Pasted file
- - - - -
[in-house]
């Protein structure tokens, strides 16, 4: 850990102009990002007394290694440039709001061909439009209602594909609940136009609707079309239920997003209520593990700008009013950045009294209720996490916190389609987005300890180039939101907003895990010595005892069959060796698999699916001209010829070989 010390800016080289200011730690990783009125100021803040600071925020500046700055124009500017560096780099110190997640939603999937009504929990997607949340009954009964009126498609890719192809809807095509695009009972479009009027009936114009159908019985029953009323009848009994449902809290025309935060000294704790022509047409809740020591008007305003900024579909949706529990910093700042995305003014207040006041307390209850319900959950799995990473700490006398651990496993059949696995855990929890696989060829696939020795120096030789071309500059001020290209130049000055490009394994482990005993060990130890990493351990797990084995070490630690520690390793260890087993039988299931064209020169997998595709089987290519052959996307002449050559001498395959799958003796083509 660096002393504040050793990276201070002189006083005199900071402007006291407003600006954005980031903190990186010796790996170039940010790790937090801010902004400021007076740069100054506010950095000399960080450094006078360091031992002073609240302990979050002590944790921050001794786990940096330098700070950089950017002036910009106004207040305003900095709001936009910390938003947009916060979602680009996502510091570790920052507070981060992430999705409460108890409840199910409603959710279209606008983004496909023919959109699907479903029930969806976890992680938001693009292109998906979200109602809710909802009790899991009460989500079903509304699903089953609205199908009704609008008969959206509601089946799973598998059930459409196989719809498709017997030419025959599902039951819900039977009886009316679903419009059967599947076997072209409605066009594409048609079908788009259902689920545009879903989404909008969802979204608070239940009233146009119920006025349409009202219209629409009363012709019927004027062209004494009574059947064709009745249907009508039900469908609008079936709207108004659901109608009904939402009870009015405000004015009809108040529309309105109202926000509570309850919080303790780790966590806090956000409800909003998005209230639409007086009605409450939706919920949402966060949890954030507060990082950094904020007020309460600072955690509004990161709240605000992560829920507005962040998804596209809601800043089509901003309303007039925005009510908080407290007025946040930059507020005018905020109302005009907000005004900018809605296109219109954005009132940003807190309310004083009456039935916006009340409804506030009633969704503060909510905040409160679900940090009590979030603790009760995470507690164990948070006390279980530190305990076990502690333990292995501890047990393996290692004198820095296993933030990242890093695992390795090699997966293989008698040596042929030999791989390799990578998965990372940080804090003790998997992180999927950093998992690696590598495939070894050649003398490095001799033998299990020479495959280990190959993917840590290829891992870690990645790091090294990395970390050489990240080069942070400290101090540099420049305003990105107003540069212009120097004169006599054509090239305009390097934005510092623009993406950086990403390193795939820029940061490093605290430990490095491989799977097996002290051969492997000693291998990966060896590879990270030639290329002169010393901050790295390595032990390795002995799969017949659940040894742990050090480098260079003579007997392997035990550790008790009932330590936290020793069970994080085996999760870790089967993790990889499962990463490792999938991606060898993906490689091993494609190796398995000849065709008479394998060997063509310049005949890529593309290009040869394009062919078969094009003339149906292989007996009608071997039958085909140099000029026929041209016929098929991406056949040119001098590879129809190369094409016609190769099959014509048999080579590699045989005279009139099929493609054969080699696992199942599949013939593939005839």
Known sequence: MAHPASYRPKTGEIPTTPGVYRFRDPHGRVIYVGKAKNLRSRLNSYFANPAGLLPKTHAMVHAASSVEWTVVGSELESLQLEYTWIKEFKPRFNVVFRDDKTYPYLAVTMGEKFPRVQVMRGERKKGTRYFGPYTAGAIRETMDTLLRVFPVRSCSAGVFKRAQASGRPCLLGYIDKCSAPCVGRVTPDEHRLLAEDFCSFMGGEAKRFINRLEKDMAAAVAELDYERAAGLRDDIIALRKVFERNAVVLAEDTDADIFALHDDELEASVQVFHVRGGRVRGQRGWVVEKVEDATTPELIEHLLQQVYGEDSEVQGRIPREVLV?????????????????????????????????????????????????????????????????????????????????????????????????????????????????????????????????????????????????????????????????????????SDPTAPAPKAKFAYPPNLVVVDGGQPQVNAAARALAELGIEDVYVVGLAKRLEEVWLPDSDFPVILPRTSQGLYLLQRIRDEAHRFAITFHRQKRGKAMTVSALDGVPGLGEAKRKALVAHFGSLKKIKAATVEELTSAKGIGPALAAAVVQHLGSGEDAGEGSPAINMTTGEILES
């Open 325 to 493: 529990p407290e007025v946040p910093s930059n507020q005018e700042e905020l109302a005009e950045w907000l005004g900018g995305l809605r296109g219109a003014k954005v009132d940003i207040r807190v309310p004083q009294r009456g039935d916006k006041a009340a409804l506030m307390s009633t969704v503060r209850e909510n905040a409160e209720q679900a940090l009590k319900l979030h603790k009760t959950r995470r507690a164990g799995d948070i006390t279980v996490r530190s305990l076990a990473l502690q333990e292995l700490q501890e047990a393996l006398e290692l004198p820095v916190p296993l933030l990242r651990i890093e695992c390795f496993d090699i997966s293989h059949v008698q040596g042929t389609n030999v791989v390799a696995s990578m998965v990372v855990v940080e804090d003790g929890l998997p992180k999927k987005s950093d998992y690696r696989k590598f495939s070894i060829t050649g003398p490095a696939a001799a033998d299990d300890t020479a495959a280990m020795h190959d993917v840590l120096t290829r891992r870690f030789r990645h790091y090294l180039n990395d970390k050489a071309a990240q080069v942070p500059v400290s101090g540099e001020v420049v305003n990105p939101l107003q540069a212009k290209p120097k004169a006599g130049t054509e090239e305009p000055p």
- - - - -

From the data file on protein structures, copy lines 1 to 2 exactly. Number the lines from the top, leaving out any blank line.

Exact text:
[in-house]
């Protein structure tokens, strides 16, 4: 850990102009990002007394290694440039709001061909439009209602594909609940136009609707079309239920997003209520593990700008009013950045009294209720996490916190389609987005300890180039939101907003895990010595005892069959060796698999699916001209010829070989 010390800016080289200011730690990783009125100021803040600071925020500046700055124009500017560096780099110190997640939603999937009504929990997607949340009954009964009126498609890719192809809807095509695009009972479009009027009936114009159908019985029953009323009848009994449902809290025309935060000294704790022509047409809740020591008007305003900024579909949706529990910093700042995305003014207040006041307390209850319900959950799995990473700490006398651990496993059949696995855990929890696989060829696939020795120096030789071309500059001020290209130049000055490009394994482990005993060990130890990493351990797990084995070490630690520690390793260890087993039988299931064209020169997998595709089987290519052959996307002449050559001498395959799958003796083509 660096002393504040050793990276201070002189006083005199900071402007006291407003600006954005980031903190990186010796790996170039940010790790937090801010902004400021007076740069100054506010950095000399960080450094006078360091031992002073609240302990979050002590944790921050001794786990940096330098700070950089950017002036910009106004207040305003900095709001936009910390938003947009916060979602680009996502510091570790920052507070981060992430999705409460108890409840199910409603959710279209606008983004496909023919959109699907479903029930969806976890992680938001693009292109998906979200109602809710909802009790899991009460989500079903509304699903089953609205199908009704609008008969959206509601089946799973598998059930459409196989719809498709017997030419025959599902039951819900039977009886009316679903419009059967599947076997072209409605066009594409048609079908788009259902689920545009879903989404909008969802979204608070239940009233146009119920006025349409009202219209629409009363012709019927004027062209004494009574059947064709009745249907009508039900469908609008079936709207108004659901109608009904939402009870009015405000004015009809108040529309309105109202926000509570309850919080303790780790966590806090956000409800909003998005209230639409007086009605409450939706919920949402966060949890954030507060990082950094904020007020309460600072955690509004990161709240605000992560829920507005962040998804596209809601800043089509901003309303007039925005009510908080407290007025946040930059507020005018905020109302005009907000005004900018809605296109219109954005009132940003807190309310004083009456039935916006009340409804506030009633969704503060909510905040409160679900940090009590979030603790009760995470507690164990948070006390279980530190305990076990502690333990292995501890047990393996290692004198820095296993933030990242890093695992390795090699997966293989008698040596042929030999791989390799990578998965990372940080804090003790998997992180999927950093998992690696590598495939070894050649003398490095001799033998299990020479495959280990190959993917840590290829891992870690990645790091090294990395970390050489990240080069942070400290101090540099420049305003990105107003540069212009120097004169006599054509090239305009390097934005510092623009993406950086990403390193795939820029940061490093605290430990490095491989799977097996002290051969492997000693291998990966060896590879990270030639290329002169010393901050790295390595032990390795002995799969017949659940040894742990050090480098260079003579007997392997035990550790008790009932330590936290020793069970994080085996999760870790089967993790990889499962990463490792999938991606060898993906490689091993494609190796398995000849065709008479394998060997063509310049005949890529593309290009040869394009062919078969094009003339149906292989007996009608071997039958085909140099000029026929041209016929098929991406056949040119001098590879129809190369094409016609190769099959014509048999080579590699045989005279009139099929493609054969080699696992199942599949013939593939005839």